Building Children’s Personalities with Creative Dancing (1953)

16 Mar
Director Frank Goldsmith
Producer University Extension/University of California
Contributors Written by Laurence Frank, Jr. and Gary Goldsmith
Length 30 min.
B&W/Color Color
UO Library Catalog description: Demonstrates dancing as an approach to personal development through art.
Call # FILM Mc16
Genre Instructional/Documentary
Rare YES
Online NO
Copyright status PUBLIC DOMAIN
Physical condition FAIR
Oregon-related NO

Notes:

The film is an ethnographic study of children’s dancing with an interpretive voice-of-god narrative to describe the intent, hopes, and desires of the researchers. Dancing was instructed by Gertrude Knight, a dance instructor who worked for Children’s Music Center in Los Angeles, CA.

Children’s Music Center writes of itself, “More than a record shop….a center staffed by consultants trained to help parents and teachers select the finest records and books for any age, from pre-school to beyond the university. Here you will not find the trite or the violent; only what stimulates children to move, listen, play an instrument, relax or create. We are especially proud of our tremendous collections of material on history and contributions of Black and Spanish-speaking Americans; the best of our own heritage, and that of people everywhere.” Source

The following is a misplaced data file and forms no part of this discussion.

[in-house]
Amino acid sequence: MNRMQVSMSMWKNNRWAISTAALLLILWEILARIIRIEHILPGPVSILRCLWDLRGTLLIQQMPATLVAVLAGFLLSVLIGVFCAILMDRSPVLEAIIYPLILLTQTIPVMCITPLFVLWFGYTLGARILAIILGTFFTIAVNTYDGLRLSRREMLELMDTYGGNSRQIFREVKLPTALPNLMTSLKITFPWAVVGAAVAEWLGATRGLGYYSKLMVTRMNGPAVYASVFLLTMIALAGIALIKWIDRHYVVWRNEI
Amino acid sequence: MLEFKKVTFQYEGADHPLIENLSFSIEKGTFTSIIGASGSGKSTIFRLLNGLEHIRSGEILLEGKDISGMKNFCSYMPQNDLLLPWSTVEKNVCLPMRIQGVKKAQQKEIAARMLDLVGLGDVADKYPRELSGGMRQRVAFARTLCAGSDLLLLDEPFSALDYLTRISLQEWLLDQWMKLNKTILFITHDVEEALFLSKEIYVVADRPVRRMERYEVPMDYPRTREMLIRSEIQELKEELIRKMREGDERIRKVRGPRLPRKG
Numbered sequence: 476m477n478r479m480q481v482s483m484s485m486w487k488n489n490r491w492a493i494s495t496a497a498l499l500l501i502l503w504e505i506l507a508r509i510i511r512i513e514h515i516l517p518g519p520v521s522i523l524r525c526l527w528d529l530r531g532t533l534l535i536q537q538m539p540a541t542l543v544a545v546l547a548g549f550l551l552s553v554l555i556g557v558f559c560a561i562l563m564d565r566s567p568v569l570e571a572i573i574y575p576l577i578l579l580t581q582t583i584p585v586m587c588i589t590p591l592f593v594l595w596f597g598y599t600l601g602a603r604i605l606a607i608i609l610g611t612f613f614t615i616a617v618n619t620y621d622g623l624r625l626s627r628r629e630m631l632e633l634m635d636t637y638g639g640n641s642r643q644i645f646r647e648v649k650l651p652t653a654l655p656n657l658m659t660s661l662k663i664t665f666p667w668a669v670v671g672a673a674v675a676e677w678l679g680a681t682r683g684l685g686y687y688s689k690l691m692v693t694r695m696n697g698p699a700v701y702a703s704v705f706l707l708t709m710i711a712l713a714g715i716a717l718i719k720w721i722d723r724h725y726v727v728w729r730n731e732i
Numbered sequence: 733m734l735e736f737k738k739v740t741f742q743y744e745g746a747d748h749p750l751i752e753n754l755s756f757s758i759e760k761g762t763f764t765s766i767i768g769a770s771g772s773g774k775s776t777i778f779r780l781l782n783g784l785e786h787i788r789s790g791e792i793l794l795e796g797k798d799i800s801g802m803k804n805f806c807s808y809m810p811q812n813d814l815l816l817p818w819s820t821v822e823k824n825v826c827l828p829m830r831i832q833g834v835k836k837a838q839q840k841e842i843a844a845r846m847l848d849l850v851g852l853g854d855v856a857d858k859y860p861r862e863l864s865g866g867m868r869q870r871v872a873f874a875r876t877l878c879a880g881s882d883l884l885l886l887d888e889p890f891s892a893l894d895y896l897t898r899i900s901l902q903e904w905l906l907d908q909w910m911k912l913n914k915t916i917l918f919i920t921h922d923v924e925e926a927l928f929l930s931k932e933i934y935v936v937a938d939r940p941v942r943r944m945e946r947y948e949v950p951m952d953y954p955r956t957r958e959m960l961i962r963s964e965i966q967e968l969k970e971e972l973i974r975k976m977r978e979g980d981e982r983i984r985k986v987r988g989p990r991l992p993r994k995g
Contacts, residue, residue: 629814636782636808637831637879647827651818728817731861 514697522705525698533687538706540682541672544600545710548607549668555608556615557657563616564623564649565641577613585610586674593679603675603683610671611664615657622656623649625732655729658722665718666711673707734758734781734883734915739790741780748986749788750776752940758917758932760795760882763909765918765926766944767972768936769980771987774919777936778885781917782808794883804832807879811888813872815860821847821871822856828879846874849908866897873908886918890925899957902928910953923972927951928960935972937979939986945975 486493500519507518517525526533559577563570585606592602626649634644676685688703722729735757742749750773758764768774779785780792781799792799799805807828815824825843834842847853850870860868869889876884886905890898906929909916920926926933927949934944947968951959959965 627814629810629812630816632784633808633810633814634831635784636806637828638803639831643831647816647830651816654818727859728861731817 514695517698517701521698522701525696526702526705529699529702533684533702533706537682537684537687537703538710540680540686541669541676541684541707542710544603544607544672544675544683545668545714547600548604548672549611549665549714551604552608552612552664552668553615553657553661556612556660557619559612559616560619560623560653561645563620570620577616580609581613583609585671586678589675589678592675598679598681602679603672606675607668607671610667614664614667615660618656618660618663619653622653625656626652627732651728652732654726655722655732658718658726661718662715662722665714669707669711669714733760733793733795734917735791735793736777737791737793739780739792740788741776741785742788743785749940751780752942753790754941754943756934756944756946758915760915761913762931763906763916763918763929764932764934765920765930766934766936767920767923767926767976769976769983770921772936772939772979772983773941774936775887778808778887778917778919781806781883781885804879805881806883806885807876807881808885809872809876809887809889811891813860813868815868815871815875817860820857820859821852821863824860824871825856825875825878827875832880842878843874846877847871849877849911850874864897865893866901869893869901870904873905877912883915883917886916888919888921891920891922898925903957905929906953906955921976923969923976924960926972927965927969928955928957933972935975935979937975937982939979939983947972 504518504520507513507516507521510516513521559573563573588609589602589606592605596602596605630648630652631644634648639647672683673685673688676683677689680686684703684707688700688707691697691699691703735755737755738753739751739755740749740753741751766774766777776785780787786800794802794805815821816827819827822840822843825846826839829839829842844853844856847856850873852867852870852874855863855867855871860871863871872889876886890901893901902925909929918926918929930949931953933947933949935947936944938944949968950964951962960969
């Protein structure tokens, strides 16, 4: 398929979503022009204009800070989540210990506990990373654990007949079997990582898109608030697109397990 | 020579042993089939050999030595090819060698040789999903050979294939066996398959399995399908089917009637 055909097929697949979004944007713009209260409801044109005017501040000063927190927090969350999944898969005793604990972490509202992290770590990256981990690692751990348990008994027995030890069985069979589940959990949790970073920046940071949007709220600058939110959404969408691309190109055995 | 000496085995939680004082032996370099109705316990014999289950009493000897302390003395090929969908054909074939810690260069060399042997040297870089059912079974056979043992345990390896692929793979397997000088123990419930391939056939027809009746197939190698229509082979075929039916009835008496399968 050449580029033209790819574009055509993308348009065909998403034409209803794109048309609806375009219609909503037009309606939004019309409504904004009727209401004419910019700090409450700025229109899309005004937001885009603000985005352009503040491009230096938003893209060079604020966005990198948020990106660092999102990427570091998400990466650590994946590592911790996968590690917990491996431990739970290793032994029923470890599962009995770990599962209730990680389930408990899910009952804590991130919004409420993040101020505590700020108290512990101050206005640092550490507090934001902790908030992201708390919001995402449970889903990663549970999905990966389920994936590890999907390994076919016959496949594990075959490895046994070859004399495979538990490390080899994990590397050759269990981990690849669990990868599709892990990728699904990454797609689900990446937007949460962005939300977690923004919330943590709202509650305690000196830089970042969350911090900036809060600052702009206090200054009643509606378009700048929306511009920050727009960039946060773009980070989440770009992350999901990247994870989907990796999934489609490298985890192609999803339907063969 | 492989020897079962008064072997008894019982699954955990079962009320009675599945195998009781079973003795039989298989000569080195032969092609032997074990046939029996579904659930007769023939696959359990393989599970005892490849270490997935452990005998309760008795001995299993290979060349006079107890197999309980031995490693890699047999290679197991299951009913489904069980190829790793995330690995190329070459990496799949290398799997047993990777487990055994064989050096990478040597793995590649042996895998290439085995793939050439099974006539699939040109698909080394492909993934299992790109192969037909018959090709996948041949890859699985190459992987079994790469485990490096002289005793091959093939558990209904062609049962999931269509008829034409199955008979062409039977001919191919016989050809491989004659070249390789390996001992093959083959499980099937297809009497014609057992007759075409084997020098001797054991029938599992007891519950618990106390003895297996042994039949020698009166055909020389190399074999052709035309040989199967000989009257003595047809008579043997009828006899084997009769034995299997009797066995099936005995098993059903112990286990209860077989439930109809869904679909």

This knowledge of Knight’s background helps explain the music selection used by experimenters, which is not your run-of-the-mill rock ‘n roll.

BFI’s description: “Made to demonstrate an approach to personal development through art—in this instance dancing. At first, like most children, a group of boys and girls are embarrassed and tense. A teacher skillfully guides and praises each child toward a unique personal and improvised style.”

Read about how Gertrude Knight touched the life of Lottie Jenvey, here.

Read another personal account of one of Knight’s former students, who learned to dance creatively at a summer camp in 1958.

Also contributing to the film, Edgar Brokaw—former Professor of Film and Television, Emeritus at UCLA. He passed away in 2002, but left a legacy in producing 71 films. Learn more about his life here and here.

The film was written by Lawrence Frank, Jr. and Gary Goldsmith. It is possible that Lawrence Frank, Jr. is the one mentioned in an obituary here—Frank and Goldsmith would go on to co-produce The Goldseeker (1956), a short western film (Source).

Read a 1968 news clipping that mentions the film in conjunction with special education films.

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One Response to “Building Children’s Personalities with Creative Dancing (1953)”

  1. Ross Frank October 11, 2012 at 10:34 pm #

    Lawrence Frank was my father. If this film is not available, we may have a 16mm print.

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